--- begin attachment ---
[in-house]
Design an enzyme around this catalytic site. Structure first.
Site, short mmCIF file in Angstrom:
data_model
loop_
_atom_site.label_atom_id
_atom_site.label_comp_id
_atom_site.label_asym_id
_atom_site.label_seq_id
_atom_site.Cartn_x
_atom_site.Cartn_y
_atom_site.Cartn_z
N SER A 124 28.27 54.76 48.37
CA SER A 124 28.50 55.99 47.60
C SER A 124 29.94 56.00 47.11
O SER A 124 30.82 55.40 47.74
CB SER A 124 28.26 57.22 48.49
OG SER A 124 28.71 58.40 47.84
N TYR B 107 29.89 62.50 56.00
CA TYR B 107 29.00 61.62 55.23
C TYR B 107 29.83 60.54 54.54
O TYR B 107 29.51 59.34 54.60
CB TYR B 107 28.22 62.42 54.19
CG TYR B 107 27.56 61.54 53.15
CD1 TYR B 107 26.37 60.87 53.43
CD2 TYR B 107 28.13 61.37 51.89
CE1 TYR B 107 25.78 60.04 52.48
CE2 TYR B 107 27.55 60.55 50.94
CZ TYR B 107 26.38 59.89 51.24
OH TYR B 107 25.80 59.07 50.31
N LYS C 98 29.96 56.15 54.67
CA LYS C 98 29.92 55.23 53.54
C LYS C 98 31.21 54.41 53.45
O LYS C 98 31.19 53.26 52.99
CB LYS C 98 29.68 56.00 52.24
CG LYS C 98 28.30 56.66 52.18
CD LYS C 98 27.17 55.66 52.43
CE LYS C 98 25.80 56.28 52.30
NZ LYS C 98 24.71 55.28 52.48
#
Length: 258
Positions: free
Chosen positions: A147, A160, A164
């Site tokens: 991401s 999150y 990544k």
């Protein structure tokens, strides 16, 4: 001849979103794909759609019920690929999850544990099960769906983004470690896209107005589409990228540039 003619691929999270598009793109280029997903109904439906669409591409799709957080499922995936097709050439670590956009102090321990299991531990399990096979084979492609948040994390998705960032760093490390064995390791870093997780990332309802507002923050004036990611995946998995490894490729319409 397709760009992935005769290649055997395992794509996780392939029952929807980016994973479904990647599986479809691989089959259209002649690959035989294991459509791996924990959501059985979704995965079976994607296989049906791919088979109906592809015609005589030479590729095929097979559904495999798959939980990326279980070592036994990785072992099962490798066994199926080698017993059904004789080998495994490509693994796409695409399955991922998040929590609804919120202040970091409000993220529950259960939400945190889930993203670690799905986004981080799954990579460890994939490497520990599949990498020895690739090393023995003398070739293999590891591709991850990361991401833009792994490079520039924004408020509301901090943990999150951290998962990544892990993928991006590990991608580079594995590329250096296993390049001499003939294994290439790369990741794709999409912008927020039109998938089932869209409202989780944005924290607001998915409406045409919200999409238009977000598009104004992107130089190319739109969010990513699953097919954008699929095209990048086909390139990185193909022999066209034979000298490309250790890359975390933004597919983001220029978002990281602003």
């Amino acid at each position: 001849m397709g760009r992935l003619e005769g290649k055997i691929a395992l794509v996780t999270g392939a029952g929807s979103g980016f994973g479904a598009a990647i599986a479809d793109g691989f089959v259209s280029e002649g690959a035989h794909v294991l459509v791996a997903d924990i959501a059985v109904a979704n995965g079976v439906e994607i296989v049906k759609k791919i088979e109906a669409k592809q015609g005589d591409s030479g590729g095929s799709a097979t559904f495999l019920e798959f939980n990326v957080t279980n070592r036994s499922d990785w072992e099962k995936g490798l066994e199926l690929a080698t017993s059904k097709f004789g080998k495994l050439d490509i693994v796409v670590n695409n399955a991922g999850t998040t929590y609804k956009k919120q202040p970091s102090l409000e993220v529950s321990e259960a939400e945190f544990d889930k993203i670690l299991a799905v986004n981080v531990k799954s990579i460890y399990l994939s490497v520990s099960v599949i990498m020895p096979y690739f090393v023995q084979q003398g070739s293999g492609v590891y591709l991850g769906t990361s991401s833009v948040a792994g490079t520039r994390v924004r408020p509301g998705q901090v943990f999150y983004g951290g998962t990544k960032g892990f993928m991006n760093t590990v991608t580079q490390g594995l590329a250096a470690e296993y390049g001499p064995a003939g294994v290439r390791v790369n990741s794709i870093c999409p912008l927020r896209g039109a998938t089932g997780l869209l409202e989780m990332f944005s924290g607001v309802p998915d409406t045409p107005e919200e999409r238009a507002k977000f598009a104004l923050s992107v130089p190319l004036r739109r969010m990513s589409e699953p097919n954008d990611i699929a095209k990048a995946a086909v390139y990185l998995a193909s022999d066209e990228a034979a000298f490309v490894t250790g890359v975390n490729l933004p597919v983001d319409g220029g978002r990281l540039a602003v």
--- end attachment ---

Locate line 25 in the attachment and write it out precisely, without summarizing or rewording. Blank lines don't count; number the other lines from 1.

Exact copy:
CD1 TYR B 107 26.37 60.87 53.43